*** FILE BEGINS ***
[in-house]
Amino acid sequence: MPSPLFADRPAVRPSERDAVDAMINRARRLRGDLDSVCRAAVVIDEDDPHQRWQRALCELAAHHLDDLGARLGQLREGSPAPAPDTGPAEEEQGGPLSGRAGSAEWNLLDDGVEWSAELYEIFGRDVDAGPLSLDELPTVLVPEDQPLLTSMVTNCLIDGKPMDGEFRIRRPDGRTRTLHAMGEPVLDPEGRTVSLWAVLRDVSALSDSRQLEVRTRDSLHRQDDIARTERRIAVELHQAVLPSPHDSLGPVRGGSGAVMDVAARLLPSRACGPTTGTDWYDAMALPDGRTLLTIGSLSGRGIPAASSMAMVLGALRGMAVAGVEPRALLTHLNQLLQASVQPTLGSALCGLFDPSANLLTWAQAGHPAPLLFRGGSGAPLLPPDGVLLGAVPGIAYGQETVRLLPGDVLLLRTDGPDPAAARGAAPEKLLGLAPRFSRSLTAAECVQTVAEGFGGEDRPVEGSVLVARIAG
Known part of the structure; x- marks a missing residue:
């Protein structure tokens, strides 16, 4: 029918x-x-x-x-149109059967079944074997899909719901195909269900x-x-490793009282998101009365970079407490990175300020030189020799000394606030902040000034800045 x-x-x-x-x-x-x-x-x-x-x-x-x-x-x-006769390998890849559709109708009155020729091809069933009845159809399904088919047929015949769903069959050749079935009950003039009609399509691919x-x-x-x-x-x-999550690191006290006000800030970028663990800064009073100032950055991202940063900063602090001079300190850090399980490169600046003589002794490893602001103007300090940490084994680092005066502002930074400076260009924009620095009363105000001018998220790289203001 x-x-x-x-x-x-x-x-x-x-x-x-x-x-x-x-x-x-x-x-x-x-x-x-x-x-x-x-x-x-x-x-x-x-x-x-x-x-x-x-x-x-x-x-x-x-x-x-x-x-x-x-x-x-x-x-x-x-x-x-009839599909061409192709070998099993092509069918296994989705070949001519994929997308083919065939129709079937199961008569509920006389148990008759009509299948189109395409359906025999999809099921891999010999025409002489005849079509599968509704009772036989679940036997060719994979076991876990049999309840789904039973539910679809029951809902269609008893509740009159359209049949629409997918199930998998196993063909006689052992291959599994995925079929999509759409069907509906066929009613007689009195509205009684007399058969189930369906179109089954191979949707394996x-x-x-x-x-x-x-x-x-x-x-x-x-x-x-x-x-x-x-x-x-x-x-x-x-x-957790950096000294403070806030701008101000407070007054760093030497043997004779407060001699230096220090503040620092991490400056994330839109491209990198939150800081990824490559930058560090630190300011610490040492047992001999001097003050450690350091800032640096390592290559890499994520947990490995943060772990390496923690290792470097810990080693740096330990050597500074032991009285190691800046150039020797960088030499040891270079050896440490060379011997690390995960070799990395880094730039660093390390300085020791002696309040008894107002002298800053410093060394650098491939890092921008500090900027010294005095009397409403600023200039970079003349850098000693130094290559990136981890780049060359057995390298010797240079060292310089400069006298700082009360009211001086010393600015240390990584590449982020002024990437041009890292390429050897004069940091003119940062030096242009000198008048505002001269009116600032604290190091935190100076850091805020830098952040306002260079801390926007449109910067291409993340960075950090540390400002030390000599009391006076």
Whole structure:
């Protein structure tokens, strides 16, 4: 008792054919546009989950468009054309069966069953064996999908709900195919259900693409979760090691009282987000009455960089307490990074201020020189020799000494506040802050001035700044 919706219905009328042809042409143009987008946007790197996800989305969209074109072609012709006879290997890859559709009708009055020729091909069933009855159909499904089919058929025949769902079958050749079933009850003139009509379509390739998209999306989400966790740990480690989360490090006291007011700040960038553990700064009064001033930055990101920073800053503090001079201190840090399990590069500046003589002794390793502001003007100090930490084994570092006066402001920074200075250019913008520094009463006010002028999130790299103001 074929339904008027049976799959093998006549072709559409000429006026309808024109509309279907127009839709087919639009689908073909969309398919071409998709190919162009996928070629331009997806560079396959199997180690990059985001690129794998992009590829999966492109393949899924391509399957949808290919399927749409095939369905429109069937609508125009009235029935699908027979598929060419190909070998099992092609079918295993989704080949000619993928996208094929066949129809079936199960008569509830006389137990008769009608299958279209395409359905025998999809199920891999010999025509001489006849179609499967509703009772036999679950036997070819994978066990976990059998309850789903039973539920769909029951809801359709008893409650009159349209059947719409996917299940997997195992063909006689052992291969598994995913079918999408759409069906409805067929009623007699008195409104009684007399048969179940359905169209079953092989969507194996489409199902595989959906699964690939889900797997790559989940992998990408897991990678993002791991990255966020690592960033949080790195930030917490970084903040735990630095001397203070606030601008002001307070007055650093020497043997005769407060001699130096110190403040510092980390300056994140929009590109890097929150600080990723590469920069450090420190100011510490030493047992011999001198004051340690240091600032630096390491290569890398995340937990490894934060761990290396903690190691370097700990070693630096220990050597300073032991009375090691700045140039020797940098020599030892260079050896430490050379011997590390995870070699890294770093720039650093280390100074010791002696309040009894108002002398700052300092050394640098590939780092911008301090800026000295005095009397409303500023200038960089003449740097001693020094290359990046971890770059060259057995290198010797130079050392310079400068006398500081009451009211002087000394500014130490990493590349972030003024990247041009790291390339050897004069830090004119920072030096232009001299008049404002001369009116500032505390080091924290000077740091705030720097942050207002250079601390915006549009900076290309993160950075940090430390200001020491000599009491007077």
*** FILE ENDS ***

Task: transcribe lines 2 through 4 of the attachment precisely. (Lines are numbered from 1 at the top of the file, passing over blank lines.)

Amino acid sequence: MPSPLFADRPAVRPSERDAVDAMINRARRLRGDLDSVCRAAVVIDEDDPHQRWQRALCELAAHHLDDLGARLGQLREGSPAPAPDTGPAEEEQGGPLSGRAGSAEWNLLDDGVEWSAELYEIFGRDVDAGPLSLDELPTVLVPEDQPLLTSMVTNCLIDGKPMDGEFRIRRPDGRTRTLHAMGEPVLDPEGRTVSLWAVLRDVSALSDSRQLEVRTRDSLHRQDDIARTERRIAVELHQAVLPSPHDSLGPVRGGSGAVMDVAARLLPSRACGPTTGTDWYDAMALPDGRTLLTIGSLSGRGIPAASSMAMVLGALRGMAVAGVEPRALLTHLNQLLQASVQPTLGSALCGLFDPSANLLTWAQAGHPAPLLFRGGSGAPLLPPDGVLLGAVPGIAYGQETVRLLPGDVLLLRTDGPDPAAARGAAPEKLLGLAPRFSRSLTAAECVQTVAEGFGGEDRPVEGSVLVARIAG
Known part of the structure; x- marks a missing residue:
């Protein structure tokens, strides 16, 4: 029918x-x-x-x-149109059967079944074997899909719901195909269900x-x-490793009282998101009365970079407490990175300020030189020799000394606030902040000034800045 x-x-x-x-x-x-x-x-x-x-x-x-x-x-x-006769390998890849559709109708009155020729091809069933009845159809399904088919047929015949769903069959050749079935009950003039009609399509691919x-x-x-x-x-x-999550690191006290006000800030970028663990800064009073100032950055991202940063900063602090001079300190850090399980490169600046003589002794490893602001103007300090940490084994680092005066502002930074400076260009924009620095009363105000001018998220790289203001 x-x-x-x-x-x-x-x-x-x-x-x-x-x-x-x-x-x-x-x-x-x-x-x-x-x-x-x-x-x-x-x-x-x-x-x-x-x-x-x-x-x-x-x-x-x-x-x-x-x-x-x-x-x-x-x-x-x-x-x-009839599909061409192709070998099993092509069918296994989705070949001519994929997308083919065939129709079937199961008569509920006389148990008759009509299948189109395409359906025999999809099921891999010999025409002489005849079509599968509704009772036989679940036997060719994979076991876990049999309840789904039973539910679809029951809902269609008893509740009159359209049949629409997918199930998998196993063909006689052992291959599994995925079929999509759409069907509906066929009613007689009195509205009684007399058969189930369906179109089954191979949707394996x-x-x-x-x-x-x-x-x-x-x-x-x-x-x-x-x-x-x-x-x-x-x-x-x-x-957790950096000294403070806030701008101000407070007054760093030497043997004779407060001699230096220090503040620092991490400056994330839109491209990198939150800081990824490559930058560090630190300011610490040492047992001999001097003050450690350091800032640096390592290559890499994520947990490995943060772990390496923690290792470097810990080693740096330990050597500074032991009285190691800046150039020797960088030499040891270079050896440490060379011997690390995960070799990395880094730039660093390390300085020791002696309040008894107002002298800053410093060394650098491939890092921008500090900027010294005095009397409403600023200039970079003349850098000693130094290559990136981890780049060359057995390298010797240079060292310089400069006298700082009360009211001086010393600015240390990584590449982020002024990437041009890292390429050897004069940091003119940062030096242009000198008048505002001269009116600032604290190091935190100076850091805020830098952040306002260079801390926007449109910067291409993340960075950090540390400002030390000599009391006076």